==26552== ERROR: AddressSanitizer stack-buffer-overflow on address 0x7fff338adb14 at pc 0xac20a7 bp 0x7fff338adad0 sp 0x7fff338adac8
WRITE of size 4 at 0x7fff338adb14 thread T0
    #0 0xac20a7 in base::ToolsSanityTest_DISABLED_AddressSanitizerLocalOOBCrashTest_Test::TestBody() ???:0
    #1 0xcddbd6 in testing::Test::Run() testing/gtest/src/
    #2 0xcdf63b in testing::TestInfo::Run() testing/gtest/src/
... lots more stuff
Address 0x7fff338adb14 is located at offset 52 in frame <base::ToolsSanityTest_DISABLED_AddressSanitizerLocalOOBCrashTest_Test::TestBody()> of T0's stack:
  This frame has 2 object(s):
    [32, 52) 'array'
    [96, 104) 'access'
==26552== ABORTING
... lots more stuff

Congrats, you have a working ASan build! 🙌

Run chrome under ASan
And finally, have fun with the out/Release/chrome binary. The filter script tools/valgrind/asan/ should be used to symbolize the output.
(Note that is absolutely necessary if you need the symbols - there is no built-in symbolizer for ASan in Chrome).

ASan should perfectly work with Chrome's sandbox. You should only need to run with --no-sandbox on Linux if you're debugging ASan.
Note: you have to disable the sandbox on Windows until it is supported.

You may need to run with --disable-gpu on Linux with NVIDIA driver older than 295.20.

You will likely need to define environment variable G_SLICE=always-malloc to avoid crashes inside gtk.

When filing a bug found by AddressSanitizer, please add a label Stability-AddressSanitizer.

ASan runtime options

ASan's behavior can be changed by exporting the ASAN_OPTIONS env var. Some of the useful options are listed on this page, others can be obtained from running an ASanified binary with ASAN_OPTIONS=help=1.
Note that Chromium sets its own defaults for some options, so the default behavior may be different from that observed in other projects.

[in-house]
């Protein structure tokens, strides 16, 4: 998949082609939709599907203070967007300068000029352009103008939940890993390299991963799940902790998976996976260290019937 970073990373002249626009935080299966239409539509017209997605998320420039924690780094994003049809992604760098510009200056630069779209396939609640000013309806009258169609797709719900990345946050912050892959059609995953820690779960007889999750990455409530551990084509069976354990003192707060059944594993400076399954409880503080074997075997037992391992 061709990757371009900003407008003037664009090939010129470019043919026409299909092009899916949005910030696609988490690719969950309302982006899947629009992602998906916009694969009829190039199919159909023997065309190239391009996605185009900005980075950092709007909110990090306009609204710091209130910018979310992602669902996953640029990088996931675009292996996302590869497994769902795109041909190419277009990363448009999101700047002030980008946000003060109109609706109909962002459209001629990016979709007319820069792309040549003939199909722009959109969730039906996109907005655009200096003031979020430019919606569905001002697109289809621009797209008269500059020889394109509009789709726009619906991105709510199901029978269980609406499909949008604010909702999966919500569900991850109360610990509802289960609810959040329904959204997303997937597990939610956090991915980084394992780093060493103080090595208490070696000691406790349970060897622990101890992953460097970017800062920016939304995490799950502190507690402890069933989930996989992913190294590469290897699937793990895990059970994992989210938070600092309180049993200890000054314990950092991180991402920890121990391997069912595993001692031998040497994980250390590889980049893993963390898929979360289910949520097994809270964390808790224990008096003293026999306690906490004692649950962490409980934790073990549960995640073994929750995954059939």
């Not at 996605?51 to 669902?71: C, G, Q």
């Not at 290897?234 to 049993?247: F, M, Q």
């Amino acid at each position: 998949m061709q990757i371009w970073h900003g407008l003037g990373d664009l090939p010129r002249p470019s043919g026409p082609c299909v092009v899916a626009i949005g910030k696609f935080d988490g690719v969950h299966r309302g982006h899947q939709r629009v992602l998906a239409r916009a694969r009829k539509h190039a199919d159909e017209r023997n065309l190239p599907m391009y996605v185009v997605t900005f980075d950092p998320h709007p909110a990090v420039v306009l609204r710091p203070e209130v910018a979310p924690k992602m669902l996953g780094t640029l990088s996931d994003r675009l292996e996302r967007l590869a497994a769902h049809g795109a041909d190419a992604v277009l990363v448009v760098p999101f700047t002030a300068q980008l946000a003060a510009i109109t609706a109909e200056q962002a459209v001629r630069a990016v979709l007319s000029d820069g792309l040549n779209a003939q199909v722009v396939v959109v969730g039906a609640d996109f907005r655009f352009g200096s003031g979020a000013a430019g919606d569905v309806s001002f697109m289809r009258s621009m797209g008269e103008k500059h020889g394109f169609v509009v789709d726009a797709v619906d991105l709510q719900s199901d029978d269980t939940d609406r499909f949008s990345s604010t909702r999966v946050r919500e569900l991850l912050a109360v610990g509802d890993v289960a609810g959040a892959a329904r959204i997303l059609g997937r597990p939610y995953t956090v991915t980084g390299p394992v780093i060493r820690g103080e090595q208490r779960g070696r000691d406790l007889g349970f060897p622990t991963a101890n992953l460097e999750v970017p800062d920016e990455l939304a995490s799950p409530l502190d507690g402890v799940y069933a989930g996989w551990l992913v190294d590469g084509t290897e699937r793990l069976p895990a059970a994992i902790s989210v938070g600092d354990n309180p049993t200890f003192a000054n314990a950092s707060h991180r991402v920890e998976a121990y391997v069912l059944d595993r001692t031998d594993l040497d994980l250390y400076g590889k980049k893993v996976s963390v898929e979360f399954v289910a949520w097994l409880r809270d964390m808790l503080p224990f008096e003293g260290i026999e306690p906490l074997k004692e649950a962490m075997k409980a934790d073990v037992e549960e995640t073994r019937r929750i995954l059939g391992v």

See base/debug/ for more details.

NaCl support under ASan

On Linux (and soon on Mac) you can build and run Chromium with NaCl under ASan. Untrusted code (nexe) itself is not instrumented with ASan in this mode, but everything else is.

To do this, remove disable_nacl=1 from GYP_DEFINES, and define NACL_DANGEROUS_SKIP_QUALIFICATION_TEST=1 in your environment at run time.

Pipe chromium output (stderr) through tools/valgrind/asan/ `pwd`/ to get function names and line numbers in ASan reports.
If you're seeing crashes within nacl_helper_bootstrap, try deleting out/Release/nacl_helper.

Building on iOS

It's possible to build and run Chrome tests for iOS simulator (which are x86 binaries essentially) under ASan. Note that you'll need a Chrome iOS checkout for that. It isn't currently possible to build iOS binaries targeting ARM.

Configure your build with is_asan = true as described above. Replace your build directory as needed:

ninja -C out/Release-iphonesimulator base_unittests
out/Release-iphonesimulator/iossim -d "iPhone" -s 7.0 out/Release-iphonesimulator/ \
--gtest_filter=ToolsSanityTest.DISABLED_AddressSanitizerLocalOOBCrashTest --gtest_also_run_disabled_tests 2>&1 |

You'll see the same report as shown above (see the "Verify the ASan tool works" section), with a number of iOS-specific frames.

Building on Android

Follow AndroidBuildInstructions with minor changes: